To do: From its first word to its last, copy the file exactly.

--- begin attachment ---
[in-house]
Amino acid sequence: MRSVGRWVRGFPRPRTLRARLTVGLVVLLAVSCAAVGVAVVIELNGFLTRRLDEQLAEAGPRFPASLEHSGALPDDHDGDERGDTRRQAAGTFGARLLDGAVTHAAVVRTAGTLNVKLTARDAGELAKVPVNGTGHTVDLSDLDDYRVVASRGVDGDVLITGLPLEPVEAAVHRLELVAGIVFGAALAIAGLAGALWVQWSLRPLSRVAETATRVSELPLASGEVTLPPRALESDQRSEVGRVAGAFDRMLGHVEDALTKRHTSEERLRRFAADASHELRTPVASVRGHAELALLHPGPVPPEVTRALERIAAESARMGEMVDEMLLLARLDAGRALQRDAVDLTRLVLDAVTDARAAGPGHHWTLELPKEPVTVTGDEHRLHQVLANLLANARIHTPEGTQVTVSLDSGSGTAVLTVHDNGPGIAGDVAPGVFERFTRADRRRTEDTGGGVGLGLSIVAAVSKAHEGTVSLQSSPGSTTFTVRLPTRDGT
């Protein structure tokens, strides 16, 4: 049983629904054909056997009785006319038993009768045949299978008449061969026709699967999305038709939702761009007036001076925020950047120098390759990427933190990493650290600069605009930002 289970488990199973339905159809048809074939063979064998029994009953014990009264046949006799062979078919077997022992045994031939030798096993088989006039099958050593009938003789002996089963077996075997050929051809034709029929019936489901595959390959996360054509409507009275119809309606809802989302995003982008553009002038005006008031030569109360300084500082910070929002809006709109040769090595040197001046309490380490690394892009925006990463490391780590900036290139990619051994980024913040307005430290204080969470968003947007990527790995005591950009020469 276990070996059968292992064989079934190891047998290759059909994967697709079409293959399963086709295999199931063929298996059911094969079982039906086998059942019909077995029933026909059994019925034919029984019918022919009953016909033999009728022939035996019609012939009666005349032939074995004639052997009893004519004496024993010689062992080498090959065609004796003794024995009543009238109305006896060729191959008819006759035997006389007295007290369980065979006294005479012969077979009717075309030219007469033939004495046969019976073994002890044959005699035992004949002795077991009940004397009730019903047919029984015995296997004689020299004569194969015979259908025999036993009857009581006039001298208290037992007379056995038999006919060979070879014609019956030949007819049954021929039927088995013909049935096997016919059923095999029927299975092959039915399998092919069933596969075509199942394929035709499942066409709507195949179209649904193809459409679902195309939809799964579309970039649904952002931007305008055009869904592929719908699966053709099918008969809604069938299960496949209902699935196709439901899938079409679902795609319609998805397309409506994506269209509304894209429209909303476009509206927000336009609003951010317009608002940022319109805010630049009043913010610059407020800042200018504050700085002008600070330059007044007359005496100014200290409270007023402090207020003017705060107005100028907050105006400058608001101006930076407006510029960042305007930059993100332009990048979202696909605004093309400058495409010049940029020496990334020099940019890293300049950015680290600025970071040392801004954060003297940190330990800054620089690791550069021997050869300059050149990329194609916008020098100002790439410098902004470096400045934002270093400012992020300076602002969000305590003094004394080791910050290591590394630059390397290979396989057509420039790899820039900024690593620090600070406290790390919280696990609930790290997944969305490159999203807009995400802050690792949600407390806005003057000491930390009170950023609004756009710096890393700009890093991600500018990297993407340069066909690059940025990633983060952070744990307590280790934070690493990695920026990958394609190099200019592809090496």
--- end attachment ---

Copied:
[in-house]
Amino acid sequence: MRSVGRWVRGFPRPRTLRARLTVGLVVLLAVSCAAVGVAVVIELNGFLTRRLDEQLAEAGPRFPASLEHSGALPDDHDGDERGDTRRQAAGTFGARLLDGAVTHAAVVRTAGTLNVKLTARDAGELAKVPVNGTGHTVDLSDLDDYRVVASRGVDGDVLITGLPLEPVEAAVHRLELVAGIVFGAALAIAGLAGALWVQWSLRPLSRVAETATRVSELPLASGEVTLPPRALESDQRSEVGRVAGAFDRMLGHVEDALTKRHTSEERLRRFAADASHELRTPVASVRGHAELALLHPGPVPPEVTRALERIAAESARMGEMVDEMLLLARLDAGRALQRDAVDLTRLVLDAVTDARAAGPGHHWTLELPKEPVTVTGDEHRLHQVLANLLANARIHTPEGTQVTVSLDSGSGTAVLTVHDNGPGIAGDVAPGVFERFTRADRRRTEDTGGGVGLGLSIVAAVSKAHEGTVSLQSSPGSTTFTVRLPTRDGT
């Protein structure tokens, strides 16, 4: 049983629904054909056997009785006319038993009768045949299978008449061969026709699967999305038709939702761009007036001076925020950047120098390759990427933190990493650290600069605009930002 289970488990199973339905159809048809074939063979064998029994009953014990009264046949006799062979078919077997022992045994031939030798096993088989006039099958050593009938003789002996089963077996075997050929051809034709029929019936489901595959390959996360054509409507009275119809309606809802989302995003982008553009002038005006008031030569109360300084500082910070929002809006709109040769090595040197001046309490380490690394892009925006990463490391780590900036290139990619051994980024913040307005430290204080969470968003947007990527790995005591950009020469 276990070996059968292992064989079934190891047998290759059909994967697709079409293959399963086709295999199931063929298996059911094969079982039906086998059942019909077995029933026909059994019925034919029984019918022919009953016909033999009728022939035996019609012939009666005349032939074995004639052997009893004519004496024993010689062992080498090959065609004796003794024995009543009238109305006896060729191959008819006759035997006389007295007290369980065979006294005479012969077979009717075309030219007469033939004495046969019976073994002890044959005699035992004949002795077991009940004397009730019903047919029984015995296997004689020299004569194969015979259908025999036993009857009581006039001298208290037992007379056995038999006919060979070879014609019956030949007819049954021929039927088995013909049935096997016919059923095999029927299975092959039915399998092919069933596969075509199942394929035709499942066409709507195949179209649904193809459409679902195309939809799964579309970039649904952002931007305008055009869904592929719908699966053709099918008969809604069938299960496949209902699935196709439901899938079409679902795609319609998805397309409506994506269209509304894209429209909303476009509206927000336009609003951010317009608002940022319109805010630049009043913010610059407020800042200018504050700085002008600070330059007044007359005496100014200290409270007023402090207020003017705060107005100028907050105006400058608001101006930076407006510029960042305007930059993100332009990048979202696909605004093309400058495409010049940029020496990334020099940019890293300049950015680290600025970071040392801004954060003297940190330990800054620089690791550069021997050869300059050149990329194609916008020098100002790439410098902004470096400045934002270093400012992020300076602002969000305590003094004394080791910050290591590394630059390397290979396989057509420039790899820039900024690593620090600070406290790390919280696990609930790290997944969305490159999203807009995400802050690792949600407390806005003057000491930390009170950023609004756009710096890393700009890093991600500018990297993407340069066909690059940025990633983060952070744990307590280790934070690493990695920026990958394609190099200019592809090496």